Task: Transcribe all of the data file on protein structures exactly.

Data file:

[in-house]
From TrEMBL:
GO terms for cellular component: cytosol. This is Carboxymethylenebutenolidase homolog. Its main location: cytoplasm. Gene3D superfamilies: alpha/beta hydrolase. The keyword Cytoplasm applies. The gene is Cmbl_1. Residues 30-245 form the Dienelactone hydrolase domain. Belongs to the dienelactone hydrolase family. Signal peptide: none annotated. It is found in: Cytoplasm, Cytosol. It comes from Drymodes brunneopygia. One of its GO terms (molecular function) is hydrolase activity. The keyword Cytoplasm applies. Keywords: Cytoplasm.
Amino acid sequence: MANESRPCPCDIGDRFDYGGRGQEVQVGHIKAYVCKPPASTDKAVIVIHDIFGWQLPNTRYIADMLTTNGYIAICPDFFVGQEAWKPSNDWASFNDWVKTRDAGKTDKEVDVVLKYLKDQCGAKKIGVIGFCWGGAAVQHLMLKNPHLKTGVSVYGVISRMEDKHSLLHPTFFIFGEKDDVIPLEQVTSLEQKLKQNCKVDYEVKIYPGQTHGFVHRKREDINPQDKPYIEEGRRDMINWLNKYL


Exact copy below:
[in-house]
From TrEMBL:
GO terms for cellular component: cytosol. This is Carboxymethylenebutenolidase homolog. Its main location: cytoplasm. Gene3D superfamilies: alpha/beta hydrolase. The keyword Cytoplasm applies. The gene is Cmbl_1. Residues 30-245 form the Dienelactone hydrolase domain. Belongs to the dienelactone hydrolase family. Signal peptide: none annotated. It is found in: Cytoplasm, Cytosol. It comes from Drymodes brunneopygia. One of its GO terms (molecular function) is hydrolase activity. The keyword Cytoplasm applies. Keywords: Cytoplasm.
Amino acid sequence: MANESRPCPCDIGDRFDYGGRGQEVQVGHIKAYVCKPPASTDKAVIVIHDIFGWQLPNTRYIADMLTTNGYIAICPDFFVGQEAWKPSNDWASFNDWVKTRDAGKTDKEVDVVLKYLKDQCGAKKIGVIGFCWGGAAVQHLMLKNPHLKTGVSVYGVISRMEDKHSLLHPTFFIFGEKDDVIPLEQVTSLEQKLKQNCKVDYEVKIYPGQTHGFVHRKREDINPQDKPYIEEGRRDMINWLNKYL